Analyzing ONC’s Interoperability Roadmap
10-Year Plan Shines Spotlights Privacy, Security Challenges
… Security expert Keith Fricke, principal consultant at security consulting firm tw-Security describes the document as “a very good start in defining where things need to head,” but sees room for improvement.
“A few areas of the roadmap were disappointing or concerning,” he says. “The roadmap sets expectations for vendors to step up to help achieve interoperability. Most EHR vendors still are providing products that do not support encrypting their databases at rest.”
… More cooperation by vendors is necessary for the healthcare industry to meet various objectives set by the roadmap, Fricke contends.
For instance, because “most EHR vendors are still not supporting encryption of their databases at rest, that puts the burden on hospitals to invest in hardware-encrypted SAN storage on which to operate their EHR,” Fricke says. “Doing so becomes a compensating control, and that is if the vendor supports running on encrypted SAN storage – some do not support even that. Are we to believe that if vendors have been failing to address the encryption issue, they will step up and meet the requirements of securing interoperability?”
Fricke also says the roadmap document lacks details on the need for consumer education. “The general public is not as aware of cybersecurity risks as they should be,” he says. “Many of these same people will likely access their personal medical record from a personally owned computer that is lacking current software patches or current anti-virus software.”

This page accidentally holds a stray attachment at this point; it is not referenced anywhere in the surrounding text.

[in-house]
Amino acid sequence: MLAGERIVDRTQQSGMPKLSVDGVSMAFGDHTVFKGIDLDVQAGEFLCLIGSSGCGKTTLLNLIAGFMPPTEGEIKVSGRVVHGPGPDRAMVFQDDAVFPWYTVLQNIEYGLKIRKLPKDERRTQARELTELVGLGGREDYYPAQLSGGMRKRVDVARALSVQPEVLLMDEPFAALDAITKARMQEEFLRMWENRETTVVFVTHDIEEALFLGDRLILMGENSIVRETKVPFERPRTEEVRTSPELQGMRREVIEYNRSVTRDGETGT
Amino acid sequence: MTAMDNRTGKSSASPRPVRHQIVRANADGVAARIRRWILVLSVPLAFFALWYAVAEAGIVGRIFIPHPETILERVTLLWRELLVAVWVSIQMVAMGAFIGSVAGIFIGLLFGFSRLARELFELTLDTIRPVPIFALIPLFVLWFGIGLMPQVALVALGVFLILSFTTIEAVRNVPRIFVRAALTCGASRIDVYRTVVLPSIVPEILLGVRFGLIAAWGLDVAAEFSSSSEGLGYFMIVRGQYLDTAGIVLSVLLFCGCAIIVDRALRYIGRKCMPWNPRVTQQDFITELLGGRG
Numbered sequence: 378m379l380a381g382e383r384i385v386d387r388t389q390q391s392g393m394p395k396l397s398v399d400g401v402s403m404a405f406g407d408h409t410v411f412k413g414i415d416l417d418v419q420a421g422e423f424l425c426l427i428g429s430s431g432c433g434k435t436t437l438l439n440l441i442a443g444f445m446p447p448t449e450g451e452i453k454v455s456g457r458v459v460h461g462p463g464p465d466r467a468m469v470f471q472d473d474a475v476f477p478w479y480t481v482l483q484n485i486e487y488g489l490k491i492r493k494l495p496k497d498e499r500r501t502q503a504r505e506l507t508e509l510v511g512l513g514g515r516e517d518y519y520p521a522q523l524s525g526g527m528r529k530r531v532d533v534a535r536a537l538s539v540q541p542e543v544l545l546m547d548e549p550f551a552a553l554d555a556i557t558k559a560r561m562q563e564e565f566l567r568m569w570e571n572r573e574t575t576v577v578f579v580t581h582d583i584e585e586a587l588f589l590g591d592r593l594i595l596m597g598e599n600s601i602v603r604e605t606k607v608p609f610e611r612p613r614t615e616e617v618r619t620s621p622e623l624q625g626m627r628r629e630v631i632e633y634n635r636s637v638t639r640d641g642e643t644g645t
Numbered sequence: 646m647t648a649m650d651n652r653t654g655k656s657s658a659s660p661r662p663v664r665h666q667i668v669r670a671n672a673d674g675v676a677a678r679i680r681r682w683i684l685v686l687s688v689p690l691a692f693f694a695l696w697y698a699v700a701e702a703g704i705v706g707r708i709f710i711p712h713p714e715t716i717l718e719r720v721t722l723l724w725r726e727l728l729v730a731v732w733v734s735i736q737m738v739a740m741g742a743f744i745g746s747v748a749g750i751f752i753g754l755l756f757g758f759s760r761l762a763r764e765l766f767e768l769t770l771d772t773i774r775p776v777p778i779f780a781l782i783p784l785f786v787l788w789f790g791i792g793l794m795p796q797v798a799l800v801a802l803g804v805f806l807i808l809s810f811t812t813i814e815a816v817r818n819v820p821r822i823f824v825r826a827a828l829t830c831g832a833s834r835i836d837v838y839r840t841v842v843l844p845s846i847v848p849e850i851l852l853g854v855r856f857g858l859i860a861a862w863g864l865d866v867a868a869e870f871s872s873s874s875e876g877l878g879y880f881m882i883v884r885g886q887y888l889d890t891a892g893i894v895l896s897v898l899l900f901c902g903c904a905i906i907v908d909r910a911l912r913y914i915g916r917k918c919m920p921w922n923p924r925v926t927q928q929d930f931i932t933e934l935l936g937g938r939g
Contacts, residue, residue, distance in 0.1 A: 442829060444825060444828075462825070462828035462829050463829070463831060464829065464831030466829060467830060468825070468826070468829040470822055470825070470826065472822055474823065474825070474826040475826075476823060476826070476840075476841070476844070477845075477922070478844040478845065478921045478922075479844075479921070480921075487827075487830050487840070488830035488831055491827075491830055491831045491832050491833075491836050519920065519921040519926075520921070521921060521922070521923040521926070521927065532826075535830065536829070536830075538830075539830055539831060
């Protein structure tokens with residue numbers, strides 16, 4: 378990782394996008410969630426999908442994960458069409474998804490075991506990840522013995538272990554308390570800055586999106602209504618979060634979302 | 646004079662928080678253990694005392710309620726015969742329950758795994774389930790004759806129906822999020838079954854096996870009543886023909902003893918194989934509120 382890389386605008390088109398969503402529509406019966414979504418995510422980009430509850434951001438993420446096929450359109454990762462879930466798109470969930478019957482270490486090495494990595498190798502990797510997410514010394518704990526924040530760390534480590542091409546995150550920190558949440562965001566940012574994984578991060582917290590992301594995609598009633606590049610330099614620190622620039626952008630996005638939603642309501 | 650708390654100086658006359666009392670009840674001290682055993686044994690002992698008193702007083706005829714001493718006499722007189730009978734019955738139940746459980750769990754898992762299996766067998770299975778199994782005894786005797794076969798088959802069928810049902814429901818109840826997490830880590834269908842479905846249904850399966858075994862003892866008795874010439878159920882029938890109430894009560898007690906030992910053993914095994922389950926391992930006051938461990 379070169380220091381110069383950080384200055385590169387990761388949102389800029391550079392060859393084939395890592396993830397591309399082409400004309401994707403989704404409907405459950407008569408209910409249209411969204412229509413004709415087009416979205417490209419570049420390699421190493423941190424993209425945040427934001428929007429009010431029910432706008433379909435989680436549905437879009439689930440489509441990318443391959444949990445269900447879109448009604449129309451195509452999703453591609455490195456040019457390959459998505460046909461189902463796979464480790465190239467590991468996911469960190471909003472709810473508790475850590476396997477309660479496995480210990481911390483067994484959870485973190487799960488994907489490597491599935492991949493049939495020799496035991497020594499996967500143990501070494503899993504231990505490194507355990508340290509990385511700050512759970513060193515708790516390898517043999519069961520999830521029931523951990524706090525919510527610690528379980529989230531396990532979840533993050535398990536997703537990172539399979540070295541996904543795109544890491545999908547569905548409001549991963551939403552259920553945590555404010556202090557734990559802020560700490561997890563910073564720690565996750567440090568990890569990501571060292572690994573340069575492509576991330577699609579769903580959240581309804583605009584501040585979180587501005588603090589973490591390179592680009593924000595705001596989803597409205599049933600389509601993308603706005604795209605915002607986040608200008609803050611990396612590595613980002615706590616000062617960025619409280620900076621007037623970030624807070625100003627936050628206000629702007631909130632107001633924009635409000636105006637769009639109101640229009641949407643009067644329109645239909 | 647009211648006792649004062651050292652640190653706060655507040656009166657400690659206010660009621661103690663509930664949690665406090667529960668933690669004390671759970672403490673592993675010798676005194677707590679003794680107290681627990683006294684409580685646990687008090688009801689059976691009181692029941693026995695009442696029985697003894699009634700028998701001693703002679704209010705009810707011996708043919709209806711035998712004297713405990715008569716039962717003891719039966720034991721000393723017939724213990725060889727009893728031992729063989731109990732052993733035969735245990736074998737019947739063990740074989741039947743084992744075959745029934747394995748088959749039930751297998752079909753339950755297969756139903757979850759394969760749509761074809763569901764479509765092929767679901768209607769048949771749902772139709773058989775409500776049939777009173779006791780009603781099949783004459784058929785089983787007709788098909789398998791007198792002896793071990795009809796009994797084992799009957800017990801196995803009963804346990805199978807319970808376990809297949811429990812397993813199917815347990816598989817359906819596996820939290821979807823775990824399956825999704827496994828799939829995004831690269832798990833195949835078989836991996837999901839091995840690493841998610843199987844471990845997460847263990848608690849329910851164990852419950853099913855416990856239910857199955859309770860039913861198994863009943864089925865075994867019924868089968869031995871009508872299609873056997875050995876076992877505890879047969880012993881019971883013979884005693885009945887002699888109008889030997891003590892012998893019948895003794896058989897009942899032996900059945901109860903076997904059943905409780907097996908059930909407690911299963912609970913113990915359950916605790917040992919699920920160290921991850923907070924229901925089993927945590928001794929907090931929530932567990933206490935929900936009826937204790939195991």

The roadmap doesn’t sufficiently address security threats facing patient portals, including sophisticated phishing attacks and malware, Fricke contends. The document calls for enhanced authentication capabilities, which to some extent may be able to combat these threats, he notes. “If a patient portal is compromised, that will be a great setback for interoperability adoption,” he says.
Fricke’s particularly concerned about “watering hole attacks,” an emerging threat. “Criminals target a particular group of individuals based on industry, organizational affiliation or maybe even based on geographic region,” he says. “If criminals can use malware to compromise a patient’s home computer and learn which patient portal they access, the criminals may find creative ways to target neighboring populations with phishing emails that compromise more access to the portals.”